SSE is looking to reduce “dependency” on traditional battery storage in a new deal with Netherlands-based electric vehicle (EV) smart charging provider Jedlix.
The partnership will allow domestic customers with EV charging to provide flexibility into the balancing market at times of system need, and will help Jedlix users and partners – including car manufacturers and chargepoint operators – minimise costs through SSE’s access to the Balancing Mechanism.
EV drivers are awarded a cashback on top of any savings made on their energy bill in return for their flexibility.
As the uptake of EVs continues to rise – with September being the best ever month for battery EV sales, reaching 32,721 – there is now a potential benefit of enhancing power generation, boosting the capacities of distributed and renewable energy resources across the country, SSE said.
“Acting as a network of hundreds-of-thousands of mobile batteries, EVs can help reduce renewable energy assets’ dependency on traditional battery storage by creating a Virtual Power Plant that can provide the grid with greater system flexibility,” said Stephen Stead, director of strategy and digital services at SSE Energy Solutions.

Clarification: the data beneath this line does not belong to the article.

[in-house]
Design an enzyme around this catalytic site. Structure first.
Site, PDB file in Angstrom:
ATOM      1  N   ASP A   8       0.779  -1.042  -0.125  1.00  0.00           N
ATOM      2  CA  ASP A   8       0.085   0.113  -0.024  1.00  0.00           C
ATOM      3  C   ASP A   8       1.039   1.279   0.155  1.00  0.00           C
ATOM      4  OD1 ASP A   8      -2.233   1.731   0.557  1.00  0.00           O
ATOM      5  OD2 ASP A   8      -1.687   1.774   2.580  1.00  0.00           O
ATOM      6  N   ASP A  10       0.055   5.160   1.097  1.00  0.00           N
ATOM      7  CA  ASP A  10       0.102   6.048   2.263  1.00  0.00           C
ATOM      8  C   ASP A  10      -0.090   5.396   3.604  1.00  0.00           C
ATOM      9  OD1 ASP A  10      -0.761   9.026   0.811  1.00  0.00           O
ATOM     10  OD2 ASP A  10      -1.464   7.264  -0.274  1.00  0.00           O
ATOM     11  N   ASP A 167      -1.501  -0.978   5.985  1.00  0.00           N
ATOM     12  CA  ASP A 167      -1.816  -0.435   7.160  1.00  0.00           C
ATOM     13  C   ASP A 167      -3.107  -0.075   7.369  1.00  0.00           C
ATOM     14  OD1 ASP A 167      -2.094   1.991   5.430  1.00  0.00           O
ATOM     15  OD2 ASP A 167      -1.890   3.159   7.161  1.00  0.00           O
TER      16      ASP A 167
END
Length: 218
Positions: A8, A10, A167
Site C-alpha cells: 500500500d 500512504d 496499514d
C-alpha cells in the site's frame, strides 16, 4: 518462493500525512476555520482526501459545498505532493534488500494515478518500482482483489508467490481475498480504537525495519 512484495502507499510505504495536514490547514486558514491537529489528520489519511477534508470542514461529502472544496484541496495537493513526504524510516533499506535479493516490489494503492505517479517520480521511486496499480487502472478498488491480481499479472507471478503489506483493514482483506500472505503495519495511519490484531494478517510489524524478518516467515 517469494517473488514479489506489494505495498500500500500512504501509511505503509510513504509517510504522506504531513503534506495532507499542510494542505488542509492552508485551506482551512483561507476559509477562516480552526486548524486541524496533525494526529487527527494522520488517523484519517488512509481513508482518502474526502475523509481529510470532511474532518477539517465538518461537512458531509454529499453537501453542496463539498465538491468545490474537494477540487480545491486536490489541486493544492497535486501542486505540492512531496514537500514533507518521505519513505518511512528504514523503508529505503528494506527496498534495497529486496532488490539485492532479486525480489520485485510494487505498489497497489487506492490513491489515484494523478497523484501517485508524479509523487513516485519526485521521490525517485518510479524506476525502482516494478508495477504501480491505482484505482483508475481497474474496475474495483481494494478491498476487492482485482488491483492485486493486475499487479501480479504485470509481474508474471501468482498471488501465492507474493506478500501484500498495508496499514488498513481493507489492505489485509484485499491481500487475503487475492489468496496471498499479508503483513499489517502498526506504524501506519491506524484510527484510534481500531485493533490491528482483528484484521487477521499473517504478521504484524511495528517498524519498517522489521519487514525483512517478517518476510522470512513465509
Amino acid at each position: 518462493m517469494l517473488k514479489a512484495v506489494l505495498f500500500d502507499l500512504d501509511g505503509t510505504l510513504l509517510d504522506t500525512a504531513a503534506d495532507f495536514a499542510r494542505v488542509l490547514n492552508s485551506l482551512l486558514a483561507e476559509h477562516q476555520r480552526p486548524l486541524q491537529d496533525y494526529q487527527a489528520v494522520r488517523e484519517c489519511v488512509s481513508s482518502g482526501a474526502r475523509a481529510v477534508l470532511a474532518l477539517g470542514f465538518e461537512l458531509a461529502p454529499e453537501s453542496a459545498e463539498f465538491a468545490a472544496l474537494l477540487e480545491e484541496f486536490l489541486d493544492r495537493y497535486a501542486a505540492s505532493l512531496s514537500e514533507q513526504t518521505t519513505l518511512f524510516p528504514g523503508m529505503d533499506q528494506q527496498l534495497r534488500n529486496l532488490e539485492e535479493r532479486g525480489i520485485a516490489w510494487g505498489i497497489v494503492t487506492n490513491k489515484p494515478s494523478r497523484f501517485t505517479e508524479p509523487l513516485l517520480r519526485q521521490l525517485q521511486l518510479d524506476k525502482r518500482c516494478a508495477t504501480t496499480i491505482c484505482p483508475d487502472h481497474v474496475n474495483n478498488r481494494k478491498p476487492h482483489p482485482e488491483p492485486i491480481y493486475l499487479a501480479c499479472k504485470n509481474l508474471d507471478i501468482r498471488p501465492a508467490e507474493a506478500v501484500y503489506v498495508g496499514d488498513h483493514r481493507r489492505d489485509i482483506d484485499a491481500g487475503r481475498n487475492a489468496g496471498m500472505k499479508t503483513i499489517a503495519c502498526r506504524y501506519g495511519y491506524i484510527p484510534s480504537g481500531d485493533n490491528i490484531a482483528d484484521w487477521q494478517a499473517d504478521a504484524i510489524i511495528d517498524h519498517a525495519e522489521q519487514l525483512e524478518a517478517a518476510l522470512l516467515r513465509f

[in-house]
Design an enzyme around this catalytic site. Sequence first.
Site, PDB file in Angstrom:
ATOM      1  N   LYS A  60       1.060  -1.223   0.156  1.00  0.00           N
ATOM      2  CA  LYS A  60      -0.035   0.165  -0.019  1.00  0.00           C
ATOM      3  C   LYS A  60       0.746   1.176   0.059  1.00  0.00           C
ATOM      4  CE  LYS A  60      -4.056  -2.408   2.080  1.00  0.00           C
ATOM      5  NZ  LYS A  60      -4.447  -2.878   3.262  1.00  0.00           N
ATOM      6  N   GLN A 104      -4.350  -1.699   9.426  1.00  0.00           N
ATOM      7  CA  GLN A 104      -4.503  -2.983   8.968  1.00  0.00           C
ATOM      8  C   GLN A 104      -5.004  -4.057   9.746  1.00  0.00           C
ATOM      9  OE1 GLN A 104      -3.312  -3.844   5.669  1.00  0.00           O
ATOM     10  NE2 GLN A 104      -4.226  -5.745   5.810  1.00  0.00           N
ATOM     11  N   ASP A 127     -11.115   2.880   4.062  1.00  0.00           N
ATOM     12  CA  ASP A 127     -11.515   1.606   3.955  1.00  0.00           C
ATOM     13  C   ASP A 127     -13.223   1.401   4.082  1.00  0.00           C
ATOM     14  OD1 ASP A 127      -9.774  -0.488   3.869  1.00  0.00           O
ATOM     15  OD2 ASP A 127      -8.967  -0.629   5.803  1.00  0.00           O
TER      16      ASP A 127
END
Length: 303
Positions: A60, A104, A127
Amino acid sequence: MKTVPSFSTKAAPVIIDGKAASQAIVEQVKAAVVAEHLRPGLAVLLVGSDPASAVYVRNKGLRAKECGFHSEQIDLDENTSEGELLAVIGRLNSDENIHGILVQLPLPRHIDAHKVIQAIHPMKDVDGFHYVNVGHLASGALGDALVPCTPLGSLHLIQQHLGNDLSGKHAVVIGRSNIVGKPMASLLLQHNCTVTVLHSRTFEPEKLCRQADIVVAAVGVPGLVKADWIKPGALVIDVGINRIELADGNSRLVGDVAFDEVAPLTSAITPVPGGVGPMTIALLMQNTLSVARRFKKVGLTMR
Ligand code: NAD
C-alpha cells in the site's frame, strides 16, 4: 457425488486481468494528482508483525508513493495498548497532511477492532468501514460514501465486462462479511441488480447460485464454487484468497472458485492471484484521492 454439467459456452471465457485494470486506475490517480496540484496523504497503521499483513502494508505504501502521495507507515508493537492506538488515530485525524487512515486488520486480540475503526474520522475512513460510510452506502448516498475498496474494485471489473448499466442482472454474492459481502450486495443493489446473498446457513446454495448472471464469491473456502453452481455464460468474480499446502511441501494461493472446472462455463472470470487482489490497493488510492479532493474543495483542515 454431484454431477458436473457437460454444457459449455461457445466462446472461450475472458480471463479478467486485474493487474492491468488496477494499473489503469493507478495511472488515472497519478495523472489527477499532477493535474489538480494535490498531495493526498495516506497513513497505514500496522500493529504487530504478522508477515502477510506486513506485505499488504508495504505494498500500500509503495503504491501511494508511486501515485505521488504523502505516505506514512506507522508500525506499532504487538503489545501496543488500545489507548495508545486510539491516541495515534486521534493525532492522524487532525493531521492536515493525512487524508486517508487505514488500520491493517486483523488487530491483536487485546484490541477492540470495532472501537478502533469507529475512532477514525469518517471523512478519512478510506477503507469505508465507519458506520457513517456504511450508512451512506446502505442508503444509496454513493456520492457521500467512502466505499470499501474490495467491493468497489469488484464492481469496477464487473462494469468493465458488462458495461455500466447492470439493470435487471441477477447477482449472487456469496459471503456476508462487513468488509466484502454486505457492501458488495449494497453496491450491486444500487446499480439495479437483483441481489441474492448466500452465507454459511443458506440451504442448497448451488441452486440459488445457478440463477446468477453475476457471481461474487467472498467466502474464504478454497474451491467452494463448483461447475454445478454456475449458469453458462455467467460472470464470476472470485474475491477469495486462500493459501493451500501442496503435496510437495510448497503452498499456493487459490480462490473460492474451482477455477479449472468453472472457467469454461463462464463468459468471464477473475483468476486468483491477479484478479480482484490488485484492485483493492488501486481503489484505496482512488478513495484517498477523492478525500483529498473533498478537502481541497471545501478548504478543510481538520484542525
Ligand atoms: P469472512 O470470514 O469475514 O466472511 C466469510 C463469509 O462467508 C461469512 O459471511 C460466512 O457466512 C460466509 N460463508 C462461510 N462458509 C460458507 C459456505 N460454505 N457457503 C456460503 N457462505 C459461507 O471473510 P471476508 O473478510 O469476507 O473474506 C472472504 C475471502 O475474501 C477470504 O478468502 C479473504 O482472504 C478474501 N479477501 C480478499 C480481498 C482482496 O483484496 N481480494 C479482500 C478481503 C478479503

Looking ahead, SSE and Jedlix intend on entering other flexibility markets such as providing services to distribution network operators.
The use of EVs for flexibility is becoming more commonly looked at in the market, with Octopus Electric Vehicles announcing this week it is preparing a path for its vehicle-to-grid project Powerloop to become the first to enter National Grid ESO’s Balancing Mechanism.
Meanwhile, Kaluza and Flexitricity have also teamed up to offer demand response in the Balancing Mechanism, optimising domestic battery storage and EV batteries.
Indeed, Flexitricity became the first to register a domestic EV aggregated unit in the Balancing Mechanism as part of a partnership with ev.energy in January 2021.